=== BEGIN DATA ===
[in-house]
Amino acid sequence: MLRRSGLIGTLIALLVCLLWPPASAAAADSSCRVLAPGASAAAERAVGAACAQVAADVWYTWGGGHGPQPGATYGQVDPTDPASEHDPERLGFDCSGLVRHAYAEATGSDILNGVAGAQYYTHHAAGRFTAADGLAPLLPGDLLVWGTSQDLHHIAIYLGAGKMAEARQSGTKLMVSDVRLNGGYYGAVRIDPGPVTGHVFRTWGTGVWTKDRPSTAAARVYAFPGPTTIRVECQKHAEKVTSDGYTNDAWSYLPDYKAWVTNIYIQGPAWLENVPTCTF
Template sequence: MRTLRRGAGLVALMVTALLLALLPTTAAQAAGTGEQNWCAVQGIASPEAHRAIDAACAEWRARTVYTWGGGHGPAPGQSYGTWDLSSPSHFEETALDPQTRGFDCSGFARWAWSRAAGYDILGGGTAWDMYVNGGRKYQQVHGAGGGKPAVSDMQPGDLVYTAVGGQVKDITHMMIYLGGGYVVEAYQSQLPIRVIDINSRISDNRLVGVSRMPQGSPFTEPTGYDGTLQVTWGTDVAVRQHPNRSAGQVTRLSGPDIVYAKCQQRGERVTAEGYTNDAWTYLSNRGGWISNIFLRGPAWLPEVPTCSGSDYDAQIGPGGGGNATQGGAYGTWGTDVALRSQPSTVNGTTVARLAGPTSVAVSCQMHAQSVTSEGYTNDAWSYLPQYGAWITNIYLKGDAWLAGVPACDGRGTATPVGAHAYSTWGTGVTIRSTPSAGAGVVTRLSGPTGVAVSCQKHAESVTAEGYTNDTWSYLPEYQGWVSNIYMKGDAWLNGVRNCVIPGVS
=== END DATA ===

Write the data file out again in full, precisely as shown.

[in-house]
Amino acid sequence: MLRRSGLIGTLIALLVCLLWPPASAAAADSSCRVLAPGASAAAERAVGAACAQVAADVWYTWGGGHGPQPGATYGQVDPTDPASEHDPERLGFDCSGLVRHAYAEATGSDILNGVAGAQYYTHHAAGRFTAADGLAPLLPGDLLVWGTSQDLHHIAIYLGAGKMAEARQSGTKLMVSDVRLNGGYYGAVRIDPGPVTGHVFRTWGTGVWTKDRPSTAAARVYAFPGPTTIRVECQKHAEKVTSDGYTNDAWSYLPDYKAWVTNIYIQGPAWLENVPTCTF
Template sequence: MRTLRRGAGLVALMVTALLLALLPTTAAQAAGTGEQNWCAVQGIASPEAHRAIDAACAEWRARTVYTWGGGHGPAPGQSYGTWDLSSPSHFEETALDPQTRGFDCSGFARWAWSRAAGYDILGGGTAWDMYVNGGRKYQQVHGAGGGKPAVSDMQPGDLVYTAVGGQVKDITHMMIYLGGGYVVEAYQSQLPIRVIDINSRISDNRLVGVSRMPQGSPFTEPTGYDGTLQVTWGTDVAVRQHPNRSAGQVTRLSGPDIVYAKCQQRGERVTAEGYTNDAWTYLSNRGGWISNIFLRGPAWLPEVPTCSGSDYDAQIGPGGGGNATQGGAYGTWGTDVALRSQPSTVNGTTVARLAGPTSVAVSCQMHAQSVTSEGYTNDAWSYLPQYGAWITNIYLKGDAWLAGVPACDGRGTATPVGAHAYSTWGTGVTIRSTPSAGAGVVTRLSGPTGVAVSCQKHAESVTAEGYTNDTWSYLPEYQGWVSNIYMKGDAWLNGVRNCVIPGVS